“Planting wildflowers is a key strategy promoted nationally to support wild and managed bees,” said Williams. “Successful adoption of these plantings in agricultural landscapes will require that they not only support pollinators but that they also avoid supporting too many pests. Plant selection going forward will need to balance multiple goals of pollinators pest management and other functions. This research is a first step on the path to identifying plants that will meet these goals."
The three scientists, who conceived the ideas and developed the methodology for the research project, established 43 plant species in a garden experiment on the grounds of the Harry H. Laidlaw Jr. Honey Bee Research Facility at UC Davis. They selected plant species that were drought-tolerant; native to California (except for buckwheat, Fagopyrum esculentum, known to attract natural enemies and widely used in conservation biological control); and, as a group, covered a range of flowering periods throughout the season.
“For early season bloom, Great Valley phacelia (Phacelia ciliata) was a real winner in terms of being attractive for both wild bees and honey bees,” Lundin said. “Elegant Clarkia (Clarkia unguiculata) flowers in late spring and was the clearly most attractive plant for honey bees across the dataset. The related Fort Miller Clarkia (C. williamsonii) was also quite attractive for honey bees and had the added benefit that a lot of minute pirate bugs visited the flowers.”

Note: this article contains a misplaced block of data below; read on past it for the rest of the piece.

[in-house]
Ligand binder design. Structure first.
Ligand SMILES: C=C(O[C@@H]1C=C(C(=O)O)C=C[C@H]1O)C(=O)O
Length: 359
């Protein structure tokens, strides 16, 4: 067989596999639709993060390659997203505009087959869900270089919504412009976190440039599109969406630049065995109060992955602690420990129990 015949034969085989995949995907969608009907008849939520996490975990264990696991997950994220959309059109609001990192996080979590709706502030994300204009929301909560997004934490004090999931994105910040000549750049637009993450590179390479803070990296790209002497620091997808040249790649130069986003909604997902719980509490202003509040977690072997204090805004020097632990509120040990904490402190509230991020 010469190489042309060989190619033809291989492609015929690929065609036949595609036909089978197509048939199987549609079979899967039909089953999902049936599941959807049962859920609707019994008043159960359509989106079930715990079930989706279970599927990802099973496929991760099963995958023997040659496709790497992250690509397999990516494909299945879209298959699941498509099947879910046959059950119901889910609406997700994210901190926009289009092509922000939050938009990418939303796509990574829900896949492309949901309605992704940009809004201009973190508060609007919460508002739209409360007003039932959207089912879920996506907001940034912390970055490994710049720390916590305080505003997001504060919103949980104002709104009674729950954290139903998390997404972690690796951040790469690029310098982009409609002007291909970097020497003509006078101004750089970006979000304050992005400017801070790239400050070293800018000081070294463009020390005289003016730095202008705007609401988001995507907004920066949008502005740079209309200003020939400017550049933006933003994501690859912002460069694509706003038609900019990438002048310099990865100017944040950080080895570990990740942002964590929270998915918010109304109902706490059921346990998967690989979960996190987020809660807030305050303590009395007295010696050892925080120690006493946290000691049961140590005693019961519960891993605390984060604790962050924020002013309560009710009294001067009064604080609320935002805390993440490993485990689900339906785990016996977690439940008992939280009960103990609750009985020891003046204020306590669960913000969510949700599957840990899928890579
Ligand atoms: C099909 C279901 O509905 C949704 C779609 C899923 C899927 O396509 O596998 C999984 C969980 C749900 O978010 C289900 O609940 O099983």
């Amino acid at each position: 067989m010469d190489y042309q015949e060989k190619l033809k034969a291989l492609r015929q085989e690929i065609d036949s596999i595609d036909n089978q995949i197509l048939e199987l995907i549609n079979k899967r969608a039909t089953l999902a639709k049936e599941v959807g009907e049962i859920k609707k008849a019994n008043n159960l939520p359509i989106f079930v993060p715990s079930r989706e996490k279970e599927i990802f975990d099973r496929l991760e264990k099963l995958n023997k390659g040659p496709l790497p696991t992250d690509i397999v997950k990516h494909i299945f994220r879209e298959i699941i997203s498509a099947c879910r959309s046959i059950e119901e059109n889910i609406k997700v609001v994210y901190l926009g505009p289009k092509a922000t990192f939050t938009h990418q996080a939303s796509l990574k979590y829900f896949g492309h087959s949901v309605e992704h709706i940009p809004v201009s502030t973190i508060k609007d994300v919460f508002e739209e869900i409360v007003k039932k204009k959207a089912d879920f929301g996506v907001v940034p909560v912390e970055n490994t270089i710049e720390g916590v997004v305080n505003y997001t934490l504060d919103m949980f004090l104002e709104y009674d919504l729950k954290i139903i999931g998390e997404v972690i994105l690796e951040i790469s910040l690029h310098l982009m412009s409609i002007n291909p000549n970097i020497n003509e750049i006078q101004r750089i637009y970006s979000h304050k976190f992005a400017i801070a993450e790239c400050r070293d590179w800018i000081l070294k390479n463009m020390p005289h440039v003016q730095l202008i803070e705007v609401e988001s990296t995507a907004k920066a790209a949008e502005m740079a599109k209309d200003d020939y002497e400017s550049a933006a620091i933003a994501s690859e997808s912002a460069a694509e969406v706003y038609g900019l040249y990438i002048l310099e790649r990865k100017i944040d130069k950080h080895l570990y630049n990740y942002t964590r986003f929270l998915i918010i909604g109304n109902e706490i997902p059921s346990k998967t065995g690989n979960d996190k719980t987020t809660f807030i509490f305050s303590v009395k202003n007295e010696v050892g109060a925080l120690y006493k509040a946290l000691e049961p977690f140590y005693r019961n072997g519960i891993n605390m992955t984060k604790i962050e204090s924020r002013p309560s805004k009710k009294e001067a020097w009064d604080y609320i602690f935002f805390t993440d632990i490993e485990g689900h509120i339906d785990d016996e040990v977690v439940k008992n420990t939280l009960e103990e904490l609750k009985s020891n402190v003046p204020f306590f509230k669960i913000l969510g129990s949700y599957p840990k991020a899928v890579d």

Lundin said that common yarrow (Achillea millefolium) “attracted “attracted the highest numbers of parasitic wasps but also many herbivores, including Lygus bugs.”
“In general a lot of parasitic wasps were found on Asteraceae species (the daisy family) and this was a somewhat surprising result considering that they have narrow corollas, and for parasitic wasps relatively deep corollas that can restrict their direct access to nectar. Under the very dry conditions in late summer, Great Valley gumplant (Grindelia camporum) and Vinegarweed (Trichostema lanceolatum) both performed well and attracted high numbers of wild bees.”
The team found that across plant species, herbivore, predator and parasitic wasp abundances were “positively correlated,” and “honey bee abundance correlated negatively to herbivore abundance.”
The take-home message is that “if you're a gardener or other type of land manager, what you'd likely prefer would be a mix of some of the most promising plant species taking into account their individual attractiveness for these arthropod groups, plus several more factors including costs for seed when planting larger areas,” Lundin said.